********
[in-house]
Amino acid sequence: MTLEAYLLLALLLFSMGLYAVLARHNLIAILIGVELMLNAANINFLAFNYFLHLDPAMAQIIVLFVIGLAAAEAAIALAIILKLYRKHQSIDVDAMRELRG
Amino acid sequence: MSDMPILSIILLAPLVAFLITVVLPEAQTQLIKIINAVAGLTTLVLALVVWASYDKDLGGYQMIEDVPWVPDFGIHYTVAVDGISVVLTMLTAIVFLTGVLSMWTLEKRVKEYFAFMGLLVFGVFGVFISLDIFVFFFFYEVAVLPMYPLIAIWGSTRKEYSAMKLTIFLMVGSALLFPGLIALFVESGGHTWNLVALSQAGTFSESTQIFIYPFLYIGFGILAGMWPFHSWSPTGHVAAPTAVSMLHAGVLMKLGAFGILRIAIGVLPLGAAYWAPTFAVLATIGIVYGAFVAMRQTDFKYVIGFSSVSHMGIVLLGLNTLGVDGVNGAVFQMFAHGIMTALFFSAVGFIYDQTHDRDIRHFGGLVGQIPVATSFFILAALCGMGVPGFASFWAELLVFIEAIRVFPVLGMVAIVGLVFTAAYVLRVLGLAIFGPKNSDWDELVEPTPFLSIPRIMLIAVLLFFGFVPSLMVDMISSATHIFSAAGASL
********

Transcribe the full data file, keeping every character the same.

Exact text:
[in-house]
Amino acid sequence: MTLEAYLLLALLLFSMGLYAVLARHNLIAILIGVELMLNAANINFLAFNYFLHLDPAMAQIIVLFVIGLAAAEAAIALAIILKLYRKHQSIDVDAMRELRG
Amino acid sequence: MSDMPILSIILLAPLVAFLITVVLPEAQTQLIKIINAVAGLTTLVLALVVWASYDKDLGGYQMIEDVPWVPDFGIHYTVAVDGISVVLTMLTAIVFLTGVLSMWTLEKRVKEYFAFMGLLVFGVFGVFISLDIFVFFFFYEVAVLPMYPLIAIWGSTRKEYSAMKLTIFLMVGSALLFPGLIALFVESGGHTWNLVALSQAGTFSESTQIFIYPFLYIGFGILAGMWPFHSWSPTGHVAAPTAVSMLHAGVLMKLGAFGILRIAIGVLPLGAAYWAPTFAVLATIGIVYGAFVAMRQTDFKYVIGFSSVSHMGIVLLGLNTLGVDGVNGAVFQMFAHGIMTALFFSAVGFIYDQTHDRDIRHFGGLVGQIPVATSFFILAALCGMGVPGFASFWAELLVFIEAIRVFPVLGMVAIVGLVFTAAYVLRVLGLAIFGPKNSDWDELVEPTPFLSIPRIMLIAVLLFFGFVPSLMVDMISSATHIFSAAGASL